Thousands Swim Ocean for New Year’s Fun and Charity
NEW YORK—Clear sunny sky, mild wind, and temperatures just above the freezing point—ideal conditions for a dip in the Atlantic Ocean. That is, if one is a polar bear. Or perhaps part of some 2,000 hardy fellows that participated in the annual Polar Bear Club New Year’s Day Swim on Coney Island Thursday afternoon.
Arty Tsismekis, 44, belongs to the second category. Just an hour before the event he decided to go for it. Just to “do something crazy for the year,” he said.
The 42-degrees water felt icy cold, but still warmer than the air. Tsismekis acknowledged he was a bit scared to thrust himself into the waves. “You can’t think about it. That’s what I tried to do,” he said. “I just ran.”
The New Year’s swim comes every year since 1903. Ian Maher, 42, knew about it for years, but this time he rallied up a couple of friends on New Year’s Eve through Facebook. “It feels good,” he said, sharing his first impression.
Maher grew up in New Hampshire and was used to swimming in very cold water. “This is fine,” he said in a nonchalant tone.
His three companions shared the sentiment. “It’s really cold. It feels good,” said Julie Chen, 37. She had done a January swim before—with a couple of friends for fun. This was her first on the New Year. “Cold water doesn’t really bother me,” she said. “I like it.”
“This has been a long life’s dream of mine. I did it!” said Evelyn Rodriguez, 40, another member of the company. All from Brooklyn, the group agreed to swim again next year.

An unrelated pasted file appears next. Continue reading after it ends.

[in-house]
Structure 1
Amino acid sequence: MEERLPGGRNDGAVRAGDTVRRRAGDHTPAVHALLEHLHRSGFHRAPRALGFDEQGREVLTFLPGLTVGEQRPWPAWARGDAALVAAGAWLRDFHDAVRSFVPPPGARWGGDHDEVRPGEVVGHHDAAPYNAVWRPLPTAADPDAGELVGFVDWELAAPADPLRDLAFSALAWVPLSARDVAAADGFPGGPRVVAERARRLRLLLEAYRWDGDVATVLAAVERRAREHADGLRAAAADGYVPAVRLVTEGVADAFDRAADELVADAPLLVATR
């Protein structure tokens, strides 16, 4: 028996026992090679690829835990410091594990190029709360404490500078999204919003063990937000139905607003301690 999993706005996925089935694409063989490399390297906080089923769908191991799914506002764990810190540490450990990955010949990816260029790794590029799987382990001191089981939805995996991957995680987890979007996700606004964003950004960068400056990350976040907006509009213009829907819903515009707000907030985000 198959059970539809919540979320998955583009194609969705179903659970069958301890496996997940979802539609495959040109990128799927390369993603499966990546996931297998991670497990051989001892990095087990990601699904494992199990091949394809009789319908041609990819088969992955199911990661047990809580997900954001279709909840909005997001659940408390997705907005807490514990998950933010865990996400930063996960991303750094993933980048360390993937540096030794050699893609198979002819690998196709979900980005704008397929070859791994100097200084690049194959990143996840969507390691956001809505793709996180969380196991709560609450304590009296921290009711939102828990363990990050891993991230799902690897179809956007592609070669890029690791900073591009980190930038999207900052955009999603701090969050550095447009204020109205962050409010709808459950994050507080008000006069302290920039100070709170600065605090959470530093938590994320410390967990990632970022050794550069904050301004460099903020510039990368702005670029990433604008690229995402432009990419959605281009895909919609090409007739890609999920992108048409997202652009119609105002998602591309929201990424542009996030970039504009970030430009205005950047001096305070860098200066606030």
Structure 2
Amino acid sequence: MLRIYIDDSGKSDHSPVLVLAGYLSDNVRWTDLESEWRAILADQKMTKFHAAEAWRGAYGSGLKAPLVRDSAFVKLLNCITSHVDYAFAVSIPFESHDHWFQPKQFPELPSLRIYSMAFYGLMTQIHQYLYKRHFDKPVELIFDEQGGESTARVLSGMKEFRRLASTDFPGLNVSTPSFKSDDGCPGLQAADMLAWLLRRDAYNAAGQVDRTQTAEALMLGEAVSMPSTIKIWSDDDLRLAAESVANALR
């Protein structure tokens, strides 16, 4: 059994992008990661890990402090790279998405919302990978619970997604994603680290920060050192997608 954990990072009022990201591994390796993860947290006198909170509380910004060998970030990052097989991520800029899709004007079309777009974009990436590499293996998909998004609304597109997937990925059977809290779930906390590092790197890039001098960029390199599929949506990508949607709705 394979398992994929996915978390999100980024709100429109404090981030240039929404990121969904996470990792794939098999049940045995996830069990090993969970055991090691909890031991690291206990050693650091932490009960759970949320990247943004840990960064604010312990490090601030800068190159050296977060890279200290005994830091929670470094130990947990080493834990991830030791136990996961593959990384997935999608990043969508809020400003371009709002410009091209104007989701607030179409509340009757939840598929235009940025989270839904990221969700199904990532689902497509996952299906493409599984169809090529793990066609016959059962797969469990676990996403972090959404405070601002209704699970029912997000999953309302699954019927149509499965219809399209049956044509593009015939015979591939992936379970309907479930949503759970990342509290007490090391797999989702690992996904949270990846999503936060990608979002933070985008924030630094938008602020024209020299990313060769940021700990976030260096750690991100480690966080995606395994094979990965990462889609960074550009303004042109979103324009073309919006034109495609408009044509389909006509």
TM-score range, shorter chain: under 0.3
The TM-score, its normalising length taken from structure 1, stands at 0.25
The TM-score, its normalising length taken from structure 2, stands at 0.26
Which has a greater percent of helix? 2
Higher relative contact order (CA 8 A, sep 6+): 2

Freezin’ for a Reason
The Polar Bear Club, with 150 active members, holds dips in the ocean every Sunday from November to April.
But the New Year’s one is not just for fun, toughening up, or a daredevil spirit. Participants are encouraged to donate to the Camp Sunshine, a non-profit holding support camps at Lake Sebago for children with life-threatening illnesses.
Similar New Year’s swims were held at eight other locations, including New Jersey, Virginia, and Long Island, all fundraising for Camp Sunshine under the banner of “Freezin’ for a Reason.”
The Polar Bear Club managed to raise over $75,000 this time, according to Tom McGann, one of the organizers.
And, as one of the emergency medical workers on site confirmed, the bone-chilling yet heart-warming event concluded without any injury or health incident.